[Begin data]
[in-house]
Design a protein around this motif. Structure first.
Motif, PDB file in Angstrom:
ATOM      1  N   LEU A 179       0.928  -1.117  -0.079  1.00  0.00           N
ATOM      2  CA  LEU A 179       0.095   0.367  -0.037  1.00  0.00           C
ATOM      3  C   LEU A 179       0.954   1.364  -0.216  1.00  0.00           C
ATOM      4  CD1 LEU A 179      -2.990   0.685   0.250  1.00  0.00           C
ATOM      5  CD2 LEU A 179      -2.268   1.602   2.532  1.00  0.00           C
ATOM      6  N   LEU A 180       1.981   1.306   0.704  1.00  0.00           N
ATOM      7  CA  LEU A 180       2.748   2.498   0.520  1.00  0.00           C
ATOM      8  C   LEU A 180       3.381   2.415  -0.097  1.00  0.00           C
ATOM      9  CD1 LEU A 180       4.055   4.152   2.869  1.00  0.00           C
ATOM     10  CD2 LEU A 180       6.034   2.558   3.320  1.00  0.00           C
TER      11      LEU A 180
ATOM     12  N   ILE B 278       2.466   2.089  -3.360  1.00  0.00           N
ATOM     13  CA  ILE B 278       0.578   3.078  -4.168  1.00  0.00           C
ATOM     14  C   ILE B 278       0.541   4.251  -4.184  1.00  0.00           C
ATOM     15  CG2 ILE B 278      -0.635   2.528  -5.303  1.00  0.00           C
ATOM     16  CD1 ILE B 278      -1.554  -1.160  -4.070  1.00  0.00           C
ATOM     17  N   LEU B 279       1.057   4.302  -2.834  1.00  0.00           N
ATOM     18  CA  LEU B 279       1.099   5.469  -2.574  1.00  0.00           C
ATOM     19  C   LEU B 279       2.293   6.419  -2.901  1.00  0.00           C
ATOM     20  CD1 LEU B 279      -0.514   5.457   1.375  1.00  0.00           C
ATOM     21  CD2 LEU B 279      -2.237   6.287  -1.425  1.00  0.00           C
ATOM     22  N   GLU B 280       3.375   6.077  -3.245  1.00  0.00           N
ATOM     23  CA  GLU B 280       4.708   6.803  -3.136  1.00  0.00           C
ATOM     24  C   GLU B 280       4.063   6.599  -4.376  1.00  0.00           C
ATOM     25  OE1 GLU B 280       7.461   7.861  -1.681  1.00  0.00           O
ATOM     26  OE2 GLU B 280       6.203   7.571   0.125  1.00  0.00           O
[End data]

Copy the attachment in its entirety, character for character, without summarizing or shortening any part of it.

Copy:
[in-house]
Design a protein around this motif. Structure first.
Motif, PDB file in Angstrom:
ATOM      1  N   LEU A 179       0.928  -1.117  -0.079  1.00  0.00           N
ATOM      2  CA  LEU A 179       0.095   0.367  -0.037  1.00  0.00           C
ATOM      3  C   LEU A 179       0.954   1.364  -0.216  1.00  0.00           C
ATOM      4  CD1 LEU A 179      -2.990   0.685   0.250  1.00  0.00           C
ATOM      5  CD2 LEU A 179      -2.268   1.602   2.532  1.00  0.00           C
ATOM      6  N   LEU A 180       1.981   1.306   0.704  1.00  0.00           N
ATOM      7  CA  LEU A 180       2.748   2.498   0.520  1.00  0.00           C
ATOM      8  C   LEU A 180       3.381   2.415  -0.097  1.00  0.00           C
ATOM      9  CD1 LEU A 180       4.055   4.152   2.869  1.00  0.00           C
ATOM     10  CD2 LEU A 180       6.034   2.558   3.320  1.00  0.00           C
TER      11      LEU A 180
ATOM     12  N   ILE B 278       2.466   2.089  -3.360  1.00  0.00           N
ATOM     13  CA  ILE B 278       0.578   3.078  -4.168  1.00  0.00           C
ATOM     14  C   ILE B 278       0.541   4.251  -4.184  1.00  0.00           C
ATOM     15  CG2 ILE B 278      -0.635   2.528  -5.303  1.00  0.00           C
ATOM     16  CD1 ILE B 278      -1.554  -1.160  -4.070  1.00  0.00           C
ATOM     17  N   LEU B 279       1.057   4.302  -2.834  1.00  0.00           N
ATOM     18  CA  LEU B 279       1.099   5.469  -2.574  1.00  0.00           C
ATOM     19  C   LEU B 279       2.293   6.419  -2.901  1.00  0.00           C
ATOM     20  CD1 LEU B 279      -0.514   5.457   1.375  1.00  0.00           C
ATOM     21  CD2 LEU B 279      -2.237   6.287  -1.425  1.00  0.00           C
ATOM     22  N   GLU B 280       3.375   6.077  -3.245  1.00  0.00           N
ATOM     23  CA  GLU B 280       4.708   6.803  -3.136  1.00  0.00           C
ATOM     24  C   GLU B 280       4.063   6.599  -4.376  1.00  0.00           C
ATOM     25  OE1 GLU B 280       7.461   7.861  -1.681  1.00  0.00           O
ATOM     26  OE2 GLU B 280       6.203   7.571   0.125  1.00  0.00           O